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Load spectra

Using load spectra in the system calculation

To consider load spectra in the system calculation, "consider load spectrum" must be activated in the calculations tab under the gear unit.


(1) Activates the load spectrum calculation in the system calculation.

(2) Number of points within the specified load spectrum for which the system will be solved.

(3) Calculations in which the load spectrum is considered have "load spectrum" in their name.

(4) The selection of the load spectra per gear and the distribution of the total lifetime is made in the "Power Flow" tab.

Number of points calculated in the load spectrum

The system calculation is performed for each load and speed stage. Thus, the influences from the load (such as the face load distribution) and the speed (such as the lubricant film thickness) valid for these stages are taken into account in all stages of the load spectrum. In order to reduce the calculation time for large spectra, the number of operating points for which the system calculation is solved can be specified. These operating points are distributed evenly in the spectrum. For all other load spectrum levels, the loads and speeds are interpolated and the corresponding damage fractions and lifetimes are calculated.  If the number of load points is greater than or equal to the number of stages selected in the load spectrum, all stages are calculated in the system calculation.


When specifying only a speed spectrum, two different calculation options are available. If the torque is specified in the power flow definition of the gearbox, this is kept constant and only the speed is varied. If the gearbox power is specified, the torques in the load stages are adjusted so that the power remains constant.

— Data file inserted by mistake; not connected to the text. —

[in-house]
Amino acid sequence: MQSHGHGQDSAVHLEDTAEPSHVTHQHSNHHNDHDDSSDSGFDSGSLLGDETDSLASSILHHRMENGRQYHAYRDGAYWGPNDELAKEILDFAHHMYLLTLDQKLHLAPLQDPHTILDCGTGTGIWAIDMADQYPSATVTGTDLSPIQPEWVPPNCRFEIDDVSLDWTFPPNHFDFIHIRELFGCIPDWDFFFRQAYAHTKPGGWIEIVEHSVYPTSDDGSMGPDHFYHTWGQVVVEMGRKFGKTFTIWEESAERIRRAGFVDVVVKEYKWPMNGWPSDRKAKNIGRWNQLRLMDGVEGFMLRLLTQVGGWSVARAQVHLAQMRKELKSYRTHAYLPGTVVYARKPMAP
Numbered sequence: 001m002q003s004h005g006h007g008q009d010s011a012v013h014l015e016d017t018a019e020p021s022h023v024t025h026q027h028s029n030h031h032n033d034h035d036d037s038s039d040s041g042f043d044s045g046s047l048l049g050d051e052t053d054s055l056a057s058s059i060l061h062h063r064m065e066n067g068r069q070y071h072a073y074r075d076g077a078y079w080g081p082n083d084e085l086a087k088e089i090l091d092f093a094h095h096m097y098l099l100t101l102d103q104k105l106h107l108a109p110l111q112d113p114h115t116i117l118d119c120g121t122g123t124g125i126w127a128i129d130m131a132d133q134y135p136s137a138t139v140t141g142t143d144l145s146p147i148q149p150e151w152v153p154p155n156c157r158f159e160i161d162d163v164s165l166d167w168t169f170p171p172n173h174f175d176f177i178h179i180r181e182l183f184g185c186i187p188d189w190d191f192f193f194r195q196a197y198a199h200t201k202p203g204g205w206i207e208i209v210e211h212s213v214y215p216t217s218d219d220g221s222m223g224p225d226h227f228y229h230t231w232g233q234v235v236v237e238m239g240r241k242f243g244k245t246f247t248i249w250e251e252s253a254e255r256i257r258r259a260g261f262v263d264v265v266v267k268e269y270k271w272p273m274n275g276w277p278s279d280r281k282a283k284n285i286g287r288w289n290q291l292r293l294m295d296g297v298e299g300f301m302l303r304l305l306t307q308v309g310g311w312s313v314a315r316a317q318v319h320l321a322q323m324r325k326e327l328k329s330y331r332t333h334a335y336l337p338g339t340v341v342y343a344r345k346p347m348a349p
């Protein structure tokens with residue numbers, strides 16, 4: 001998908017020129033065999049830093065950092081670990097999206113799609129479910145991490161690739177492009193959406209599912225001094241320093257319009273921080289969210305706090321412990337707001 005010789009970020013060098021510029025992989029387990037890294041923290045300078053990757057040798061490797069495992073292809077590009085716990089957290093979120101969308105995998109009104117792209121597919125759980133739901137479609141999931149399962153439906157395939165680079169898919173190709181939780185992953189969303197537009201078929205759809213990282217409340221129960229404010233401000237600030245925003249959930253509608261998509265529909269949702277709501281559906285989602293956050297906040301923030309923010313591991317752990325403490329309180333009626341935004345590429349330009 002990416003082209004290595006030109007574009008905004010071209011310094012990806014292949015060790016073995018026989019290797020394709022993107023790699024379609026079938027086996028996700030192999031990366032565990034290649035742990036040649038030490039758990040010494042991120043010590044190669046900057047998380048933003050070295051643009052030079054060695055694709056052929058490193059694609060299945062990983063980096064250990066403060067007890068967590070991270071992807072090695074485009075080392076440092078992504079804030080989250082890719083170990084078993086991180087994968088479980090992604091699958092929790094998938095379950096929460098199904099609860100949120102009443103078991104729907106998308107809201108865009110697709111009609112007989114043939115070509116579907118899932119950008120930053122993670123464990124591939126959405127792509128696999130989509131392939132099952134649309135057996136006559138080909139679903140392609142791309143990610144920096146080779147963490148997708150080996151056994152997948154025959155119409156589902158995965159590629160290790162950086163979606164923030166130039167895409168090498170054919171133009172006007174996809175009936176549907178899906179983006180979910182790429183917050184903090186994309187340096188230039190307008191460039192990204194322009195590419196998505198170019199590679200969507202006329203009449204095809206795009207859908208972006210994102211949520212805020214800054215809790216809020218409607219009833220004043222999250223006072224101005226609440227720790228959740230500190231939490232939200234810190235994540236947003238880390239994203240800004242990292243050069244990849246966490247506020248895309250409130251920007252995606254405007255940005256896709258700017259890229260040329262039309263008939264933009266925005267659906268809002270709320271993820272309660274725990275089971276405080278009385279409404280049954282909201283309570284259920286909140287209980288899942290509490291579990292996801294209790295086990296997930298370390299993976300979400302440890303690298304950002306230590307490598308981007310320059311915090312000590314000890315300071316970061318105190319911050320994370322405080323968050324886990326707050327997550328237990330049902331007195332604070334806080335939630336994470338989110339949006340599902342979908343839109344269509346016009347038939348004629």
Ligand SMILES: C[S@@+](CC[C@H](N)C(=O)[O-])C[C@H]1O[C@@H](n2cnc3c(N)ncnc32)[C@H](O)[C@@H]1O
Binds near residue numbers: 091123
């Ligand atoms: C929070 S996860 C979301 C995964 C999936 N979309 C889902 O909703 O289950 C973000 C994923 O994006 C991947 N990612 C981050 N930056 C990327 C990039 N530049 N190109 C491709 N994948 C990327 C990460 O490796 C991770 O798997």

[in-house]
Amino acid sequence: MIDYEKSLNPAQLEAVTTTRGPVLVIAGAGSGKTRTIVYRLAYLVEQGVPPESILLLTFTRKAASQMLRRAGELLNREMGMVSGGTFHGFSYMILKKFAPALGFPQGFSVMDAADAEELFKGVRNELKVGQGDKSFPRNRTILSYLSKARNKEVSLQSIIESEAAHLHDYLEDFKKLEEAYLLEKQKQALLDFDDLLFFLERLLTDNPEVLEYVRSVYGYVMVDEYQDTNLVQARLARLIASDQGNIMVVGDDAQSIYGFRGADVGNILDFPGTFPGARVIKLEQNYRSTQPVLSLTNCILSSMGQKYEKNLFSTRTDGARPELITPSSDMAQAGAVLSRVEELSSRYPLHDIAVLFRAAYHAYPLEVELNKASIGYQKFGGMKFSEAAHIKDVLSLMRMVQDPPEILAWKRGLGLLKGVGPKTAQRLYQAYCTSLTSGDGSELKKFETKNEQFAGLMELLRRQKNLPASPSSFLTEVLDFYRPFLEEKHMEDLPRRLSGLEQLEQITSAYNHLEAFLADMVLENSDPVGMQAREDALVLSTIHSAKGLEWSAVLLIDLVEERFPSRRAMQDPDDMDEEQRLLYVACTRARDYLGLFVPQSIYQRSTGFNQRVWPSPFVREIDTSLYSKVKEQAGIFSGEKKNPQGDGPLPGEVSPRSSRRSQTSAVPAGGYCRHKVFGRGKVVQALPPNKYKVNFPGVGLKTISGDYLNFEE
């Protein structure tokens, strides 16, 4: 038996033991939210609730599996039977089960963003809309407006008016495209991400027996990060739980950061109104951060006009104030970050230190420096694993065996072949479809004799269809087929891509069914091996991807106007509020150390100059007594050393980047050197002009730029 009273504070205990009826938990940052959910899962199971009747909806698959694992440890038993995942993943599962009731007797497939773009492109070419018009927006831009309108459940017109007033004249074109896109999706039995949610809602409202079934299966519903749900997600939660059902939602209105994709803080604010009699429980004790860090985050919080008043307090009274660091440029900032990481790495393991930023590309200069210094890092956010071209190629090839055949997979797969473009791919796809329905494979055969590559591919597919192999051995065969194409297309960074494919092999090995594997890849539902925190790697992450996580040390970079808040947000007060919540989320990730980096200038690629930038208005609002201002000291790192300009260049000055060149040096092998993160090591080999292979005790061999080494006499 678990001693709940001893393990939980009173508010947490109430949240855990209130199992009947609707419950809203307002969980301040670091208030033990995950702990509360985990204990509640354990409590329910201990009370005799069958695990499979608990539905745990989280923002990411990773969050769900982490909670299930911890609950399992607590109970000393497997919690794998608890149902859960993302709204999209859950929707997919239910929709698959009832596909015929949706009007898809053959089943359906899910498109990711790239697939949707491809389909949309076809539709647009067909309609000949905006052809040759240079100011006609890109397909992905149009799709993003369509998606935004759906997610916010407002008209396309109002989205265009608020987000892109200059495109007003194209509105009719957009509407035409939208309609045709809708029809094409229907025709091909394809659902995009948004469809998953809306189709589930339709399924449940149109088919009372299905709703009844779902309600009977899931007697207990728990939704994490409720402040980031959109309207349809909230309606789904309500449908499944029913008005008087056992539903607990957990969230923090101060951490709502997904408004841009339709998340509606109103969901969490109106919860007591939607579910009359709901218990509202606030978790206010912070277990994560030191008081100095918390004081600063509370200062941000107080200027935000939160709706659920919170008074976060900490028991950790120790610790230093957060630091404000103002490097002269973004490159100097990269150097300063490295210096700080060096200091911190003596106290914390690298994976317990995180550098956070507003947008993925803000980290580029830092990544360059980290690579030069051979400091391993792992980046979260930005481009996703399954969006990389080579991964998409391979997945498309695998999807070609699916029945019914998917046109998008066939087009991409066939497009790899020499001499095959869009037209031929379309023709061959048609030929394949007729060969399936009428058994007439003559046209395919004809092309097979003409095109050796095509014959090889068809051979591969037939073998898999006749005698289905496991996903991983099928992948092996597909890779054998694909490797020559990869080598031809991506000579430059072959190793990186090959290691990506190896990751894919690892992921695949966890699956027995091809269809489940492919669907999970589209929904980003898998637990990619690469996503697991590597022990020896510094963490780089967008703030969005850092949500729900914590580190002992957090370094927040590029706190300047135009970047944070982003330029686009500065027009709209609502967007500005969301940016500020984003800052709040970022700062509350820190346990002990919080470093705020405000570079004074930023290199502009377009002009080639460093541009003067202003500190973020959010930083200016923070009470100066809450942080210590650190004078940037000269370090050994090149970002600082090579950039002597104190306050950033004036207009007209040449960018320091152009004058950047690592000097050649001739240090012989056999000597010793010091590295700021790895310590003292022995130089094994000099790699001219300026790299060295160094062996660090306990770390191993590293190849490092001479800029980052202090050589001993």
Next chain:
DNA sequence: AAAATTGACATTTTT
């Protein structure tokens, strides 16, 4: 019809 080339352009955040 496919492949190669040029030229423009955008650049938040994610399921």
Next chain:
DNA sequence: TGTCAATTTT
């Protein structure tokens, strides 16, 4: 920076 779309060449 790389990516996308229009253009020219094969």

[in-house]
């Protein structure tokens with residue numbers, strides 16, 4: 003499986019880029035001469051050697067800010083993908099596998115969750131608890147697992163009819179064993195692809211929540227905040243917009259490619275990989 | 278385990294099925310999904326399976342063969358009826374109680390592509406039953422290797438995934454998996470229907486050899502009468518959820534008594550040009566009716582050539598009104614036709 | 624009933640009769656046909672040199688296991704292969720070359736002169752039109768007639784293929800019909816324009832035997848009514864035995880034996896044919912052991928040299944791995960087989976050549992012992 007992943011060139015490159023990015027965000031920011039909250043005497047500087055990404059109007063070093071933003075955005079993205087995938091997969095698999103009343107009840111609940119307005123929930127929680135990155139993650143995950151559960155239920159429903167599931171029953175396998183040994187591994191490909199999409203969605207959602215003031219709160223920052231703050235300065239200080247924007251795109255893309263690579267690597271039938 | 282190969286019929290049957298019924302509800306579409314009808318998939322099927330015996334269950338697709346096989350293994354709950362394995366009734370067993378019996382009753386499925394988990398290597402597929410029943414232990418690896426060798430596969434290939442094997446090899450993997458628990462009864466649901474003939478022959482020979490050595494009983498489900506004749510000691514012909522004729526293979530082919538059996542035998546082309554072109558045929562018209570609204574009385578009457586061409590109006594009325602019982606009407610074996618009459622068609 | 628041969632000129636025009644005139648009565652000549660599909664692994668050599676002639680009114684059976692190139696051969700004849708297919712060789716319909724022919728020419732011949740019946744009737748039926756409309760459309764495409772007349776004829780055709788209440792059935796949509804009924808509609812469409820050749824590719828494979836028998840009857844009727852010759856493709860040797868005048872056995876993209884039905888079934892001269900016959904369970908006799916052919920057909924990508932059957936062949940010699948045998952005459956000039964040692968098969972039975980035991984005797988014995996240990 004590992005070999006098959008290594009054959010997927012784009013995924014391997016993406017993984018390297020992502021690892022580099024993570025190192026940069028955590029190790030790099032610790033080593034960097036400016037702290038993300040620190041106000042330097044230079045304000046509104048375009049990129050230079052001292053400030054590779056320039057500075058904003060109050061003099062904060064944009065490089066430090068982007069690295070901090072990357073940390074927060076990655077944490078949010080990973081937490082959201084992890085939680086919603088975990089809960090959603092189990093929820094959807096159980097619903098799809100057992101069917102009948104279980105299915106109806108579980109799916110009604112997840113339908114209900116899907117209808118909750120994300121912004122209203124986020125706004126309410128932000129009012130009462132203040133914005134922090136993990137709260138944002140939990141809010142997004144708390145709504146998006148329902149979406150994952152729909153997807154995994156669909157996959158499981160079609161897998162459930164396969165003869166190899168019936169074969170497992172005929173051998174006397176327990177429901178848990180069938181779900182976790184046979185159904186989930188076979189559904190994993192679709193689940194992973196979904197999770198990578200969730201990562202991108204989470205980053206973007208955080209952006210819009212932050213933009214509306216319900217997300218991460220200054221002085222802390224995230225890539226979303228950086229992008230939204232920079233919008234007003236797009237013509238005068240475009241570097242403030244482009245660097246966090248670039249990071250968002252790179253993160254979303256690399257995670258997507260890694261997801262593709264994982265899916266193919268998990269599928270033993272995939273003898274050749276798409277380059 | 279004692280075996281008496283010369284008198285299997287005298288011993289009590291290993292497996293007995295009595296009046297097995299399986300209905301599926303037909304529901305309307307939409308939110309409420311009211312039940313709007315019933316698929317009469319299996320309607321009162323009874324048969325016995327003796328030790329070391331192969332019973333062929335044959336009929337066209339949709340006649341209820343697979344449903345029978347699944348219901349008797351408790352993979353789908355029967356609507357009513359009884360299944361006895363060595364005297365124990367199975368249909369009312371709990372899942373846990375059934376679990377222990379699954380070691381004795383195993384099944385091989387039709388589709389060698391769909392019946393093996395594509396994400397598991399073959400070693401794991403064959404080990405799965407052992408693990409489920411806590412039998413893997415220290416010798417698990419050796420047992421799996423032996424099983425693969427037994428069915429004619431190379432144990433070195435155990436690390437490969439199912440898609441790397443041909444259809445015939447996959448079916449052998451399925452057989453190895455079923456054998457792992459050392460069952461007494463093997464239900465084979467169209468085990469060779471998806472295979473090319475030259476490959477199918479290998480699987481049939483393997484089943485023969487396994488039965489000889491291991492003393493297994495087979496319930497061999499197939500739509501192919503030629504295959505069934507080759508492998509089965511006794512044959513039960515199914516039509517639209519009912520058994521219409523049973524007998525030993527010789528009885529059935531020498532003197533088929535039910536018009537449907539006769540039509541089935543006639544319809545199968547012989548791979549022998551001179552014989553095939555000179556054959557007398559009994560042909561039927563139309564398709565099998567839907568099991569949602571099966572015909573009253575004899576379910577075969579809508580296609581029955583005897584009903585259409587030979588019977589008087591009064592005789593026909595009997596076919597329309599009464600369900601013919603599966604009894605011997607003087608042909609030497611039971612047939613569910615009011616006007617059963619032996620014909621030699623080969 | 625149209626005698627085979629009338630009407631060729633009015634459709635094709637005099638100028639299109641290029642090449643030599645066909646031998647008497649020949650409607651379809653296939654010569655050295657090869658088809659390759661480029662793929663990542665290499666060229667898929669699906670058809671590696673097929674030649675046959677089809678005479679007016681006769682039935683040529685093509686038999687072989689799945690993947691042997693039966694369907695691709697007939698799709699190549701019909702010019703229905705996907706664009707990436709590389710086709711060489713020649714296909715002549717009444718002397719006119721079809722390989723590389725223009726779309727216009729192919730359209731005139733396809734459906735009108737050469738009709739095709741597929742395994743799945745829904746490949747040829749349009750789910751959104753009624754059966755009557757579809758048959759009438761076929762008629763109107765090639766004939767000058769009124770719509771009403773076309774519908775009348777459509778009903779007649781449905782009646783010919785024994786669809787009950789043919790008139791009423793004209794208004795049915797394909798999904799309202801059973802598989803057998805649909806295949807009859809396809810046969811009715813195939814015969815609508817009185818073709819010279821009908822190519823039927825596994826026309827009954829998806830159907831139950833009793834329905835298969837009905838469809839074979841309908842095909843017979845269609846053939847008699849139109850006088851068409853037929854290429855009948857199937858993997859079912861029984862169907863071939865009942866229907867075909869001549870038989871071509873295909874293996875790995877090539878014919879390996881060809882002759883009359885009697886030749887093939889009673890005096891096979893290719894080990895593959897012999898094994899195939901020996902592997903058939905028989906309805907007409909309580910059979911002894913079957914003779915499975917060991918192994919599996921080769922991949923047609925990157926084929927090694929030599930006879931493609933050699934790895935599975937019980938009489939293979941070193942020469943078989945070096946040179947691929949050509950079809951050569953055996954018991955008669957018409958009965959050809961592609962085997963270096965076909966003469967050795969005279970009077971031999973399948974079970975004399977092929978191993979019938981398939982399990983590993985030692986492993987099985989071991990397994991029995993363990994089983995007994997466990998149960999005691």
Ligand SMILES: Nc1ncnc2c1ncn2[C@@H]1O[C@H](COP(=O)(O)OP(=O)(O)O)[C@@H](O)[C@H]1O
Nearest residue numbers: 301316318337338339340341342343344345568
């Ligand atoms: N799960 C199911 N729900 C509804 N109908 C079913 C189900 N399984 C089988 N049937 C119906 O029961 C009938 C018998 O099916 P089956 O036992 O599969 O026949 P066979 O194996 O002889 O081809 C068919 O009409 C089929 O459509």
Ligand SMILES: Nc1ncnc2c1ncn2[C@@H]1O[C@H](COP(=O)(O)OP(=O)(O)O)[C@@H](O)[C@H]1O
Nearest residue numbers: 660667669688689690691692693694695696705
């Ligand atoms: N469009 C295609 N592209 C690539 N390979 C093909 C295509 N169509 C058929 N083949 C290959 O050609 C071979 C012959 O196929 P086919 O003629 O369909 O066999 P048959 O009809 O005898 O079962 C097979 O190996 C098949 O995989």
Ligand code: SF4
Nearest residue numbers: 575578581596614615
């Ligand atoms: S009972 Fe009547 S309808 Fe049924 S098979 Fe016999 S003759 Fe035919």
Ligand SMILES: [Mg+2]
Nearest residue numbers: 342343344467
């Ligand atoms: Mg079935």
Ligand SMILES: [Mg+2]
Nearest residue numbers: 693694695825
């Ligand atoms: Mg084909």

Specifying a load spectrum and time shares

In the load spectrum calculation, an individual load spectrum can be specified for every gear in the gear unit. The required settings can be made in the Power Flow tab of the gear unit component.


(1) Specification of the total gear unit service life.

(2) A load spectrum can be selected from the Global Database for each gear.

(3) Distribution of the total service life to the individual gears.

Time shares are used to distribute the specified total service life of the gear to the individual gears. Weighting factors are specified, and a time share is calculated from the weighting factor divided by the sum of all weighting factors multiplied by the total service life. Thus, the time shares can be entered as percentages, factors, or hours. The following entries lead to the same result:

Total number of hours: 30,000






Gear 1





Gear 2





Gear 3





If existing percentage or hourly weighting factors are used, the sum does not need to correspond to 100 % or the total number of hours. If the specified total number of hours in the table above was not 30,000 h but rather 60000 h, the individual time shares would be internally converted to 6000 h (Gear 1), 12000 h (Gear 2) and 42,000 h (Gear 3).

Calculation options

Load spectra can be considered in the following calculations in the FVA-Workbench:

Cylindrical gears

Tooth flank & tooth root load carrying capacity acc. to ISO 6336 Part 6:

  • Safety factor (spectrum) acc. to Miner

  • Static safety

  • Continuous safety

  • Various damage accumulation hypotheses can be selected

  • Stress collectives and Woehler S-N curves

  • Maximum permissible scaled total number of load cycles

Gear excitation

  • Excitation level over the load

  • Tooth force level over the load

  • Force amplitudes over the load

  • Excitation amplitude level over the load